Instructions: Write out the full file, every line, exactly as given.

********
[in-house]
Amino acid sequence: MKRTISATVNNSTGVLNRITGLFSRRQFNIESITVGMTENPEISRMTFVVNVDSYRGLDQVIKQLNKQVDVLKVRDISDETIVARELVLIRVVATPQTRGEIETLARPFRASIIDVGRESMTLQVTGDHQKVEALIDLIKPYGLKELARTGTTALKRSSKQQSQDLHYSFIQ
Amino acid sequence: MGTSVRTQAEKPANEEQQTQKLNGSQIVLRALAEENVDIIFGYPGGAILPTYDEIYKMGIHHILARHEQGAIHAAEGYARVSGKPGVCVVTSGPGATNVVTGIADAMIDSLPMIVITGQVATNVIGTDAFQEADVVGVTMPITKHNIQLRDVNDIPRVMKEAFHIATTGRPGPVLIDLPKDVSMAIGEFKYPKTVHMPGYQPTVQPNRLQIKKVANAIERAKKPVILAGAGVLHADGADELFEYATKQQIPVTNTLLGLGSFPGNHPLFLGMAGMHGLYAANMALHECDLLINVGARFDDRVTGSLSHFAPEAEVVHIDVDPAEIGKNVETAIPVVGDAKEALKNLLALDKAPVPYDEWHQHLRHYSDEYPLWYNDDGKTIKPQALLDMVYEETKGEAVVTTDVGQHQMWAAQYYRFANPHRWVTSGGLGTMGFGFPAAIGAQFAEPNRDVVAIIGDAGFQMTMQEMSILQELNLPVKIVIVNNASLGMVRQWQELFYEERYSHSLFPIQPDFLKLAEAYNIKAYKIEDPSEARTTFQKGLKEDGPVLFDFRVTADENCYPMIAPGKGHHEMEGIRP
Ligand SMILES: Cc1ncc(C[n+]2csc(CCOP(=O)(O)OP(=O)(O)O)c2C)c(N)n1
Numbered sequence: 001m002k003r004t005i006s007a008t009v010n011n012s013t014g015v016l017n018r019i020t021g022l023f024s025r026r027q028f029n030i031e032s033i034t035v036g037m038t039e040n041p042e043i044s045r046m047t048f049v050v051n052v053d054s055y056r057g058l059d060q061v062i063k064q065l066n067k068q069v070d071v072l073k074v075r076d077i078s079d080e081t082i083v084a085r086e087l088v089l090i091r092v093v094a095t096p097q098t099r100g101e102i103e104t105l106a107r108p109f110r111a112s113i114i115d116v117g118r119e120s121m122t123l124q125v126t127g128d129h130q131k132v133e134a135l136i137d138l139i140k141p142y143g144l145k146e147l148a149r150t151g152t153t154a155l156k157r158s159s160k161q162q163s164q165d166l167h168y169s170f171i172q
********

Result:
[in-house]
Amino acid sequence: MKRTISATVNNSTGVLNRITGLFSRRQFNIESITVGMTENPEISRMTFVVNVDSYRGLDQVIKQLNKQVDVLKVRDISDETIVARELVLIRVVATPQTRGEIETLARPFRASIIDVGRESMTLQVTGDHQKVEALIDLIKPYGLKELARTGTTALKRSSKQQSQDLHYSFIQ
Amino acid sequence: MGTSVRTQAEKPANEEQQTQKLNGSQIVLRALAEENVDIIFGYPGGAILPTYDEIYKMGIHHILARHEQGAIHAAEGYARVSGKPGVCVVTSGPGATNVVTGIADAMIDSLPMIVITGQVATNVIGTDAFQEADVVGVTMPITKHNIQLRDVNDIPRVMKEAFHIATTGRPGPVLIDLPKDVSMAIGEFKYPKTVHMPGYQPTVQPNRLQIKKVANAIERAKKPVILAGAGVLHADGADELFEYATKQQIPVTNTLLGLGSFPGNHPLFLGMAGMHGLYAANMALHECDLLINVGARFDDRVTGSLSHFAPEAEVVHIDVDPAEIGKNVETAIPVVGDAKEALKNLLALDKAPVPYDEWHQHLRHYSDEYPLWYNDDGKTIKPQALLDMVYEETKGEAVVTTDVGQHQMWAAQYYRFANPHRWVTSGGLGTMGFGFPAAIGAQFAEPNRDVVAIIGDAGFQMTMQEMSILQELNLPVKIVIVNNASLGMVRQWQELFYEERYSHSLFPIQPDFLKLAEAYNIKAYKIEDPSEARTTFQKGLKEDGPVLFDFRVTADENCYPMIAPGKGHHEMEGIRP
Ligand SMILES: Cc1ncc(C[n+]2csc(CCOP(=O)(O)OP(=O)(O)O)c2C)c(N)n1
Numbered sequence: 001m002k003r004t005i006s007a008t009v010n011n012s013t014g015v016l017n018r019i020t021g022l023f024s025r026r027q028f029n030i031e032s033i034t035v036g037m038t039e040n041p042e043i044s045r046m047t048f049v050v051n052v053d054s055y056r057g058l059d060q061v062i063k064q065l066n067k068q069v070d071v072l073k074v075r076d077i078s079d080e081t082i083v084a085r086e087l088v089l090i091r092v093v094a095t096p097q098t099r100g101e102i103e104t105l106a107r108p109f110r111a112s113i114i115d116v117g118r119e120s121m122t123l124q125v126t127g128d129h130q131k132v133e134a135l136i137d138l139i140k141p142y143g144l145k146e147l148a149r150t151g152t153t154a155l156k157r158s159s160k161q162q163s164q165d166l167h168y169s170f171i172q